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Chasten Buttigieg has won the hearts of tons of people as his husband, Pete Buttigieg, campaigns across the nation for the presidency.

People have fallen for Chasten's charisma, his intellect, his "realness" and his warmth.


Recently, Chasten opened up to The Washington Post about how this new-found popularity has affected him and how that popularity hasn't exactly translated to his family life.

As far as potential "first spouses" go, Chasten is unique. He's still in his twenties, the campaign is happening in the first year of his marriage, he is the first in his family to graduate from college and he and Pete are a same-sex couple.

Chasten Buttigieg is a story of firsts.

One of the major firsts in his life has to do with his family. Chasten is the first member of the LGBT+ community in his working-class, mid-western, conservative Christian family. Coming out didn't come so easily to him, but Chasten Buttigieg insists nobody was entirely surprised.

He told The Washington Post that he was entirely different from his two older brothers his whole life. They were athletes; Chasten preferred reading, theater, and Celine Dion ballads.

In their small High School, about 500 students total, there were no openly LGBT+ students - but that didn't prevent Chasten from standing out enough to be bullied, called homophobic slurs and get flung around by his backpack in physical attacks.

Eventually, Chasten applied to an exchange program that sent him to live in Germany for a brief period of time.

It was there that he finally confessed that he had been:

"scratching and itching and clawing to try to change whatever brain chemistry was making me the way I was."

Rather than reject him, the friends he made in Germany just gave him a word to go with how he was feeling - gay. Chasten Buttigieg accepted his homosexuality for the first time while in Germany. He knew it would change his whole world back home.

He wasn't wrong.

When he told his friends, they mostly responded by telling him that they loved him. However, there was a sharp divide in that love. Some loved him just the way he was, but others loved him by telling him he should turn to God to fix him.

That sentiment was later echoed in his family by his brothers, but we will get there.

First, he told his parents. He sat them down in the living room and handed them a letter filled with words he couldn't bring himself to say aloud.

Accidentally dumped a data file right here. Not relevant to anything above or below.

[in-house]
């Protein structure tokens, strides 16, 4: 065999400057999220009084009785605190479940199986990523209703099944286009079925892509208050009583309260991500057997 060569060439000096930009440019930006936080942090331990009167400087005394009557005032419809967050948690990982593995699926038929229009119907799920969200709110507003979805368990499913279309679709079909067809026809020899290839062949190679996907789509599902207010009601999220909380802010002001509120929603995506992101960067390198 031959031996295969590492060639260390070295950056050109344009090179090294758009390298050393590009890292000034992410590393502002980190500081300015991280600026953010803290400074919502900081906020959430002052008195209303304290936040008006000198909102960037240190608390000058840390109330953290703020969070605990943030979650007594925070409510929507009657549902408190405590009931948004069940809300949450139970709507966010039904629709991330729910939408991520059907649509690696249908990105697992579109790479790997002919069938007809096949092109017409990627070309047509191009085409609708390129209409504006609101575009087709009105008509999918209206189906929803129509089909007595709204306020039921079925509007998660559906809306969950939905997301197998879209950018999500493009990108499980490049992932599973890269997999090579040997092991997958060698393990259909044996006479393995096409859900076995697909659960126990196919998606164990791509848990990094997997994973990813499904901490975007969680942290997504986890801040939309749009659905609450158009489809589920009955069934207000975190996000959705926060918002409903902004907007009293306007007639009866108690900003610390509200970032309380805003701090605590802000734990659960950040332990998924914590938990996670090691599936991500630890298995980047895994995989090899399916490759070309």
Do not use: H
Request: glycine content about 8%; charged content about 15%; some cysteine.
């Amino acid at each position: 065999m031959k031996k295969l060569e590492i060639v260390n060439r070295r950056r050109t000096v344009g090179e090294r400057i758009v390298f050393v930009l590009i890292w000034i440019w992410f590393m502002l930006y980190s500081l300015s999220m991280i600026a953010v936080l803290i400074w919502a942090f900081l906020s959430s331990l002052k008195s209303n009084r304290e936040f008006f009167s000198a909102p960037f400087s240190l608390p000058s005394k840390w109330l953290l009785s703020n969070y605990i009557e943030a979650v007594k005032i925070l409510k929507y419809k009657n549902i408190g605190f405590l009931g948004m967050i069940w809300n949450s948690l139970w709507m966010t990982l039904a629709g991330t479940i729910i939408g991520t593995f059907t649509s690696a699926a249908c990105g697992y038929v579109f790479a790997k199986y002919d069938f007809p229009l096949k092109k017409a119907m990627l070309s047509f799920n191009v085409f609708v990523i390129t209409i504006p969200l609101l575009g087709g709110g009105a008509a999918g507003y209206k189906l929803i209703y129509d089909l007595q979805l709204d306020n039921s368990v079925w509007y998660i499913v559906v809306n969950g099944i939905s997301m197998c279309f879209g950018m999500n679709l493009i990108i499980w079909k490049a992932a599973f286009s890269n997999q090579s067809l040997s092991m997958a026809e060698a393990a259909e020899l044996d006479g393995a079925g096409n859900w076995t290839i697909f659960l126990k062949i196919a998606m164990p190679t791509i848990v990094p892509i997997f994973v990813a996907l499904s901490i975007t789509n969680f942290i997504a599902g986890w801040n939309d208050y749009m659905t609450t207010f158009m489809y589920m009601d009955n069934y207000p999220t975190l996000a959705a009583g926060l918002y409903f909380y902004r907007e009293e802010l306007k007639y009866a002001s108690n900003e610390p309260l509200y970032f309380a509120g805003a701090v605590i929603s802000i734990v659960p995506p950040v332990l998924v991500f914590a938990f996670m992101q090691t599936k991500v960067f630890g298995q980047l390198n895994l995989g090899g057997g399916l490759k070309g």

After reading it, his mother's response shocked him.

"I remember my mom crying, and the first thing she asked me was if I was sick. I think she meant, like, did I have AIDS?"

His father opted for silence and Chasten spent what felt like ages getting the cold shoulder from his once warm and loving family.

Then he heard his brother utter the words that convinced him he wasn't safe at home:

"No brother of mine …"

At that point, he made the difficult decision to leave, feeling safer homeless than he did with his family. Chasten spent time couch surfing or sleeping in his car in the parking lot of his university.

It took months, but eventually his parents asked him to come back home. Their next conversations on his sexuality clearly went better than their first.

When Chasten and Pete fell in love, his parents were thrilled and proudly walked Chasten down the aisle to his future husband.

That loving acceptance hasn't come from his brothers, though. According to Chasten they just never got past it.

To this day Chasten has no relationship with either of his older siblings. One declined to be interviewed for The Washington Post piece.

The other, Rhys, who is now a Christian minister in Michigan admitted that Chasten coming out was not at all a surprise. Everyone had known since childhood.

However, knowing Chasten was born this way didn't mean the minister could accept it.

He simply stated:

"I want the best for him. I just don't support the gay lifestyle."

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